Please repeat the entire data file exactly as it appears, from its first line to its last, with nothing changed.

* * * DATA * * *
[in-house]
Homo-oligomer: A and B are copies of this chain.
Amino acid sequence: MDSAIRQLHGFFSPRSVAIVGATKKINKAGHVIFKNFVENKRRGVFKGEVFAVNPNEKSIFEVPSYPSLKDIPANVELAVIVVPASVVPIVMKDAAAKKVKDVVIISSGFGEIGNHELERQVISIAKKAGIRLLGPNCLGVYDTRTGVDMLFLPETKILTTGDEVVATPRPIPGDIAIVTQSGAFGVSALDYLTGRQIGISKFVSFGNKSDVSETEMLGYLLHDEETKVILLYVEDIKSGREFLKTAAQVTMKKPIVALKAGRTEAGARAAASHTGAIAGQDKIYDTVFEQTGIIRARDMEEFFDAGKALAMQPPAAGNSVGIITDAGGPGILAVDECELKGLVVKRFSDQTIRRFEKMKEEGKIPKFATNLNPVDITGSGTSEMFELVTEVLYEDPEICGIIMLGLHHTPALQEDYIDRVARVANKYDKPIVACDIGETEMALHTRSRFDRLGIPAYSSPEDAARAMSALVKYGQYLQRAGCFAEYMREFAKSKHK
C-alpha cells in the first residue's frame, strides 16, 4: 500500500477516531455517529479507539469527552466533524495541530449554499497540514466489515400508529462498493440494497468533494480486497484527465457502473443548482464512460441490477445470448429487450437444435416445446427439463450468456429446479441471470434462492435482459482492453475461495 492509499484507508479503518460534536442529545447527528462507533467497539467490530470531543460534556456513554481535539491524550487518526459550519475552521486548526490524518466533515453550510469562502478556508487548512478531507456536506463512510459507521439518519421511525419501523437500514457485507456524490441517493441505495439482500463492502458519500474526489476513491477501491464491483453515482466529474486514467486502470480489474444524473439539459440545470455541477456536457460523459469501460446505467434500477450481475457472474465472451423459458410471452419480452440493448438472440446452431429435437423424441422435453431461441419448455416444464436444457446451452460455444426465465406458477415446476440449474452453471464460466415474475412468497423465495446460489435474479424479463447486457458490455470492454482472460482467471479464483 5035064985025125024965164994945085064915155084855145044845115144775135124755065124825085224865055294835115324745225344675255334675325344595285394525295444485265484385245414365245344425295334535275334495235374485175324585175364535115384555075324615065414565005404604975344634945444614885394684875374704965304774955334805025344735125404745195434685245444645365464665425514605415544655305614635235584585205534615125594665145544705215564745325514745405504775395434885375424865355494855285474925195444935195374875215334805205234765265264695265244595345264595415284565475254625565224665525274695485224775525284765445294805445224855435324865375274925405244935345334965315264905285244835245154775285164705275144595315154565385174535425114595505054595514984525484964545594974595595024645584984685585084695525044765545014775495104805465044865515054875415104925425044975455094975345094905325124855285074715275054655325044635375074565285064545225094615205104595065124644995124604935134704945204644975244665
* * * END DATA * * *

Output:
[in-house]
Homo-oligomer: A and B are copies of this chain.
Amino acid sequence: MDSAIRQLHGFFSPRSVAIVGATKKINKAGHVIFKNFVENKRRGVFKGEVFAVNPNEKSIFEVPSYPSLKDIPANVELAVIVVPASVVPIVMKDAAAKKVKDVVIISSGFGEIGNHELERQVISIAKKAGIRLLGPNCLGVYDTRTGVDMLFLPETKILTTGDEVVATPRPIPGDIAIVTQSGAFGVSALDYLTGRQIGISKFVSFGNKSDVSETEMLGYLLHDEETKVILLYVEDIKSGREFLKTAAQVTMKKPIVALKAGRTEAGARAAASHTGAIAGQDKIYDTVFEQTGIIRARDMEEFFDAGKALAMQPPAAGNSVGIITDAGGPGILAVDECELKGLVVKRFSDQTIRRFEKMKEEGKIPKFATNLNPVDITGSGTSEMFELVTEVLYEDPEICGIIMLGLHHTPALQEDYIDRVARVANKYDKPIVACDIGETEMALHTRSRFDRLGIPAYSSPEDAARAMSALVKYGQYLQRAGCFAEYMREFAKSKHK
C-alpha cells in the first residue's frame, strides 16, 4: 500500500477516531455517529479507539469527552466533524495541530449554499497540514466489515400508529462498493440494497468533494480486497484527465457502473443548482464512460441490477445470448429487450437444435416445446427439463450468456429446479441471470434462492435482459482492453475461495 492509499484507508479503518460534536442529545447527528462507533467497539467490530470531543460534556456513554481535539491524550487518526459550519475552521486548526490524518466533515453550510469562502478556508487548512478531507456536506463512510459507521439518519421511525419501523437500514457485507456524490441517493441505495439482500463492502458519500474526489476513491477501491464491483453515482466529474486514467486502470480489474444524473439539459440545470455541477456536457460523459469501460446505467434500477450481475457472474465472451423459458410471452419480452440493448438472440446452431429435437423424441422435453431461441419448455416444464436444457446451452460455444426465465406458477415446476440449474452453471464460466415474475412468497423465495446460489435474479424479463447486457458490455470492454482472460482467471479464483 5035064985025125024965164994945085064915155084855145044845115144775135124755065124825085224865055294835115324745225344675255334675325344595285394525295444485265484385245414365245344425295334535275334495235374485175324585175364535115384555075324615065414565005404604975344634945444614885394684875374704965304774955334805025344735125404745195434685245444645365464665425514605415544655305614635235584585205534615125594665145544705215564745325514745405504775395434885375424865355494855285474925195444935195374875215334805205234765265264695265244595345264595415284565475254625565224665525274695485224775525284765445294805445224855435324865375274925405244935345334965315264905285244835245154775285164705275144595315154565385174535425114595505054595514984525484964545594974595595024645584984685585084695525044765545014775495104805465044865515054875415104925425044975455094975345094905325124855285074715275054655325044635375074565285064545225094615205104595065124644995124604935134704945204644975244665